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One day in 1988, radiologist Steven Sirr was called to the ER to x-ray a gunshot victim. Sirr happened to be practicing violin at the time, and in his haste, he brought the instrument with him. After the official x-ray, he decided to give a dose of radiation to his violin. He was stunned with the detail, and over the years, with help from other techs and instrument makers, he refined the process. Cut to this year when Sirr and his partners got permission to check out and x-ray a Stradivarius from the Library of Congress. They made over 1000 scans of the instrument to create three nearly-exact replicas.
Sure, that’s a great story. You’ve got your gunshot victim and a fantastic story arc of one man’s passion to succeed, but I like to imagine it this way, in an excerpt from the play: “Afterhours at the X-Ray Technicians Convention”
The scene is a half-lit ballroom with a few warming trays of rubbery chicken, scattered chairs, and crumpled table clothes. A group in orange scrubs is laughing at a fracture in the shape of giraffe; two women, each with a glass of barium, chase after a couple good-looking knuckleheads who have decided to dress in only x-ray aprons and goggles. One tech, Steven, stands in the corner. He’s a little shy. He doesn’t really fit in. But, HE’S A DREAMER!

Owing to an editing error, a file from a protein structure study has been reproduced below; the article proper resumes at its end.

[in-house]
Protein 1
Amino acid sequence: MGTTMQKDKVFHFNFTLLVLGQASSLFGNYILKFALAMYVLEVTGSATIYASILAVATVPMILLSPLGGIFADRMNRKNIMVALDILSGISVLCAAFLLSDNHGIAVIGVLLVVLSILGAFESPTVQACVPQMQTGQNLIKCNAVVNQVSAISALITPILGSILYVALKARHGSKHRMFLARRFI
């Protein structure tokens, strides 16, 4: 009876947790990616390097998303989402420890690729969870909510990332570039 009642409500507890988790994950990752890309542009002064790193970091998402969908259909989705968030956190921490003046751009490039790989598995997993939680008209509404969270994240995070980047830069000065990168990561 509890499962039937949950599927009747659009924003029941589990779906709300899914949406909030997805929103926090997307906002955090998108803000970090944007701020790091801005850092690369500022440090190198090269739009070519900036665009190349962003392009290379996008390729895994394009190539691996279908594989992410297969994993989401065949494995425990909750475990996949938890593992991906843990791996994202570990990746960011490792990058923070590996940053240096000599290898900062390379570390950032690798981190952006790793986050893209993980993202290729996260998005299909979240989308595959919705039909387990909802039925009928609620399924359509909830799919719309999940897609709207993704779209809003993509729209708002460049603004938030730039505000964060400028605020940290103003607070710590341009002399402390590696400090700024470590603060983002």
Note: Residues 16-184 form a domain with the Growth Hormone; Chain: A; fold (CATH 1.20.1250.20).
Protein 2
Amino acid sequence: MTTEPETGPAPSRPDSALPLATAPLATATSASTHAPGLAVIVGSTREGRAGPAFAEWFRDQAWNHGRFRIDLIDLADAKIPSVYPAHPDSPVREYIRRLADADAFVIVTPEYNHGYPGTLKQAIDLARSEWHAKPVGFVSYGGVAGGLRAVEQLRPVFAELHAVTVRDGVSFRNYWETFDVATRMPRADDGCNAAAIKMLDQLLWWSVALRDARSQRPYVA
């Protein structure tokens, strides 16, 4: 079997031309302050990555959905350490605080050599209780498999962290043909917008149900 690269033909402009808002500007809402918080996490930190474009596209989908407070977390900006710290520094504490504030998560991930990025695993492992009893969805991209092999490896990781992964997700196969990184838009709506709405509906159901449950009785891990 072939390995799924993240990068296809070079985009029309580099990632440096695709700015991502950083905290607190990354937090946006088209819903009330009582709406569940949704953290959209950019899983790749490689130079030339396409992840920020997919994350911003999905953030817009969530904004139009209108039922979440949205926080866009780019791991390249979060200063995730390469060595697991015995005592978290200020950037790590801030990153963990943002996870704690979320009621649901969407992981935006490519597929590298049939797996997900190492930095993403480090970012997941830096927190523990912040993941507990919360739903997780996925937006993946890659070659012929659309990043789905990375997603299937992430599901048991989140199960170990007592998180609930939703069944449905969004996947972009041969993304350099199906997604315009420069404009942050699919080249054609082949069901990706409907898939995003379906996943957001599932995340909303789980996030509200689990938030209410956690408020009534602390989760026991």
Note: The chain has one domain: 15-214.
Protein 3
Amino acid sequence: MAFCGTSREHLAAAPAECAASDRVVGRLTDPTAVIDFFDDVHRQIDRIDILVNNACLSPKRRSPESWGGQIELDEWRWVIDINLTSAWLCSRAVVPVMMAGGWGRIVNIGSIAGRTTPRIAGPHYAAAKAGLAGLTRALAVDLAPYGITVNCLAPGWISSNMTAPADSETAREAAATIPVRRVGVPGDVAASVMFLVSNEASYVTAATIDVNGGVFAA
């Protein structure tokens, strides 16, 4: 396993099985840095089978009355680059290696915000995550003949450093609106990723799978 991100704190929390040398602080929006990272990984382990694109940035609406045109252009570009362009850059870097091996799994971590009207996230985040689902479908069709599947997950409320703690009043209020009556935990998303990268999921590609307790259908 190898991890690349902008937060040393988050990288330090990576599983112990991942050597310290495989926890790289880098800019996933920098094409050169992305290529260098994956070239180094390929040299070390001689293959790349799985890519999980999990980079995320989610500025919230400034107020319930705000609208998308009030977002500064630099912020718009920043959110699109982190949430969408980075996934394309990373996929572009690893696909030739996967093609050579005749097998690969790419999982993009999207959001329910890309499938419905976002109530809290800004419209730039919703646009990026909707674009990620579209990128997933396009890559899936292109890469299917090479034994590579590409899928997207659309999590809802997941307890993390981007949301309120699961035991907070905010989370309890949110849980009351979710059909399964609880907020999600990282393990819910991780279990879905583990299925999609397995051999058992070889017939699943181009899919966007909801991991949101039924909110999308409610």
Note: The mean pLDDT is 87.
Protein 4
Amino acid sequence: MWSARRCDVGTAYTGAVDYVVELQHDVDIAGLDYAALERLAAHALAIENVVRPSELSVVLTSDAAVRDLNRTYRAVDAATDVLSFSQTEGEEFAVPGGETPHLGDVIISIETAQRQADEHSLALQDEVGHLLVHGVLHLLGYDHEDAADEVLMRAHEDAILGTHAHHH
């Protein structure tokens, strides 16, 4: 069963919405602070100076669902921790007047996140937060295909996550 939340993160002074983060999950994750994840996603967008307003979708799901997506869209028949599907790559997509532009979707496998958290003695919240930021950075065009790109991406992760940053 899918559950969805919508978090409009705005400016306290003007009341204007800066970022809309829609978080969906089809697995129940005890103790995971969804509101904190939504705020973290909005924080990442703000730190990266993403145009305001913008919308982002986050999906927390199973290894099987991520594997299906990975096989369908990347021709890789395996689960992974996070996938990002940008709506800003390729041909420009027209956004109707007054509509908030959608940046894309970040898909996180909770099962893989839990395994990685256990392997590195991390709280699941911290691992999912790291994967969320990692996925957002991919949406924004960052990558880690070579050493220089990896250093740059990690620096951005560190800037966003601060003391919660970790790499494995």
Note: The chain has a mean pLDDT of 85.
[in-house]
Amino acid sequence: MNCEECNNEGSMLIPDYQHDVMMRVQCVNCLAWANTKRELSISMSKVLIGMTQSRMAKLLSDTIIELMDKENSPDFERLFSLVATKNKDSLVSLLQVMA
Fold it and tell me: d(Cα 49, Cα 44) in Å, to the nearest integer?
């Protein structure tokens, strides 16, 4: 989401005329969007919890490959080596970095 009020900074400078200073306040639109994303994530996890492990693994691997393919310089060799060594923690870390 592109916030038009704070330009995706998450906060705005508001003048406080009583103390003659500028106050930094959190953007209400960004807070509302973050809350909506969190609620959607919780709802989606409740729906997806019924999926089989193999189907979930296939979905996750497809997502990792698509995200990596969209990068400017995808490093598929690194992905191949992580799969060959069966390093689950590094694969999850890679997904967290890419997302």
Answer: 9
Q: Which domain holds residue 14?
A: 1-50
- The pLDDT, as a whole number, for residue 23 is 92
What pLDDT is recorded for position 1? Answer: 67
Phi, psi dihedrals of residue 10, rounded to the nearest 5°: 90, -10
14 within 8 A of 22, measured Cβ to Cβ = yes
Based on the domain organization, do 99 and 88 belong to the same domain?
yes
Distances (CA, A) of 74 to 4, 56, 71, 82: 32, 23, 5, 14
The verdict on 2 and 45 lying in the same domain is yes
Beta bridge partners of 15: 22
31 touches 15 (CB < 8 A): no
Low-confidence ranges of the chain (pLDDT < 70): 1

Steven: Hey guys, what if we throw something new into this CAT scan thing-a-ma-jig.
Hunky Tech #1: You mean like a cat.. huh… get it?
Women Techs: (laughs)
Steven: No, I’m thinking something to make the world sing.
(Techs in orange scrubs stop laughing and scowl)
Steven: What if we took a violin. No wait, what if we took a Stradivarius violin, x-rayed it with super-microscopic detail, and made an exact copy.
Hunky Tech #2: I’d rather spend an week picking out errors in metaphalangeal joint pictures, Rudy.
Steven: Uh, okay… it’s Steven, by the way. And mark my words: I will x-ray a violin, and people will know my name!
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